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> Differences between SL 6.x, CentOS 6.x, Enterprise 6.x, and a breakdown of everything
Jcink
 Posted: Sep 1 2011, 09:33 PM
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"What's the difference between Scientific Linux 6.x and Enterprise or CentOS 6.x?
How much was changed? Am I allowed to use Scientific Linux? How does development work here?"

These are just some questions that get asked very often.

Here I provide a quick breakdown that hopefully will answer these questions, and any misconceptions you may be having about SL 6.x

1. Goals

CentOS:

QUOTE
CentOS is an Enterprise-class Linux Distribution derived from sources freely provided to the public by a prominent North American Enterprise Linux vendor.  CentOS conforms fully with the upstream vendors redistribution policy and aims to be 100% binary compatible.


Scientific Linux:

QUOTE
One of the goals of Scientific Linux is to be as close to the original vendor release of Enterprise Linux. But there are several things that people want to change, for one reason or another. In order to have both worlds we have created these tweak rpm's, more commonly known as SL rpm's. These rpm's can be added or removed to add or remove a feature. It is up the individual user to determine if they want a particular feature or not.


In short: CentOS, in general, will try to not make *any* tweaks to their system that are not in upstream. Scientific Linux on the other hand has a similar goal of trying to be as close to upstream as possible, but they added/changed a few small things.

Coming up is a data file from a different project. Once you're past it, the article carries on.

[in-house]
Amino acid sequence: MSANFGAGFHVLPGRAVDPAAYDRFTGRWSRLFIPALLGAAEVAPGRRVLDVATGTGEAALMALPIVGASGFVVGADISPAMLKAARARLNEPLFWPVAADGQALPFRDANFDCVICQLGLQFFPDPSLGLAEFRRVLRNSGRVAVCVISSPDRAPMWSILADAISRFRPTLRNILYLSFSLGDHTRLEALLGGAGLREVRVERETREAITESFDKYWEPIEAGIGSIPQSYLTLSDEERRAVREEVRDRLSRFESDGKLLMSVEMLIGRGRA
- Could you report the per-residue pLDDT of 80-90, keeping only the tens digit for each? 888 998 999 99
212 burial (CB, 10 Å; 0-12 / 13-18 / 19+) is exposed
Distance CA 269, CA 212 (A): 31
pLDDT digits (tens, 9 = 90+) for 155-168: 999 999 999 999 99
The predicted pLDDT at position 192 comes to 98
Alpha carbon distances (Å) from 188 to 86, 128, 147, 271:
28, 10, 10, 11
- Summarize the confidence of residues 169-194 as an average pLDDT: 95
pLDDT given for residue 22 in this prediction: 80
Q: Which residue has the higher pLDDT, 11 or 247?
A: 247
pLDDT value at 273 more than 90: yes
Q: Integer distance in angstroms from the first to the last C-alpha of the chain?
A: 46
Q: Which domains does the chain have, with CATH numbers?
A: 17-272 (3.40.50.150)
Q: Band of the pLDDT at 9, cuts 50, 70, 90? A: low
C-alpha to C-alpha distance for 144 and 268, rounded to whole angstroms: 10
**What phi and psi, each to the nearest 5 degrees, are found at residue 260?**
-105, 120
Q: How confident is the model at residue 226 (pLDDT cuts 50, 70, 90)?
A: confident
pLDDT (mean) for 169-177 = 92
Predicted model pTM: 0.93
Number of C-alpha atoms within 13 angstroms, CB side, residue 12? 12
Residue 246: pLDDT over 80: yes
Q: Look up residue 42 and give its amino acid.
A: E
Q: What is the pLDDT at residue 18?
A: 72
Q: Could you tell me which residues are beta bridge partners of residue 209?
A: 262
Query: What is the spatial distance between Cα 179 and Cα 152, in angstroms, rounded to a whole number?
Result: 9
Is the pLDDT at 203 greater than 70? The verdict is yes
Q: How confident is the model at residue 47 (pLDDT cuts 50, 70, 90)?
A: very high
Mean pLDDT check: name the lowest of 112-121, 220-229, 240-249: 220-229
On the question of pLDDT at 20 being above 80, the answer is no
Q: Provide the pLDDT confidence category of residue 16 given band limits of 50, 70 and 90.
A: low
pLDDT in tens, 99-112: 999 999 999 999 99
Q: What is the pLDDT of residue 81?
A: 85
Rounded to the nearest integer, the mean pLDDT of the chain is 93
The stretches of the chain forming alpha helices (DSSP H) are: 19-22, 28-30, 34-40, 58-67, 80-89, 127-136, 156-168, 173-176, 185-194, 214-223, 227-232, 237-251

2. Changes

You can see a lists of what was changed here:

http://www.scientificlinux.org/distributions/6x/rnotes/sl-release-notes-6.0.html
http://www.scientificlinux.org/distributions/6x/rnotes/sl-release-notes-6.1.html
http://www.scientificlinux.org/distributions/6x/61/differences

Many of the changes are very minor. A lot of the added packages such as openafs, revisor, and icewm are not installed by default. Little things like "httpd" - changed index.html file and release name are basically nothing. The only thing you may want to watch out for is the yum-autoupdate. Some people prefer it, others don't. Remove it if you don't want yum auto-updating your system.

As you can see, Scientific Linux 6.x is very much an Enterprise clone at its core. Contrary to some beliefs, it is not "loaded with science programs" or hacked up with so many changes specific for labs at CERN and Fermi.

We can call it "99% like Enterprise."

3. Other changes

With Scientific Linux 6, you get the choice of staying with your current point release. This means that if you are using 6.0, you don't have to upgrade right away to 6.1 to keep getting security updates and bug fixes. SL's team does testing on packages and back ports them if they can to older releases. SL also separates bugfixes and security patches into separate repositories - for whatever reason, you may choose what you want to have. This is not supported on CentOS or Enterprise.

4. History

Scientific Linux has been around since 2004. The primary reason it was developed was for use in labs and universities everywhere to be able to download it and either use it as a free alternative to Enterprise, or they could modify the system and shape it to their needs. This is why the end product of Scientific Linux isn't full of "Science applications" or is heavily modified to begin with. It is mostly a plain end-product and they leave it up to whoever needs it to decide what they want to do.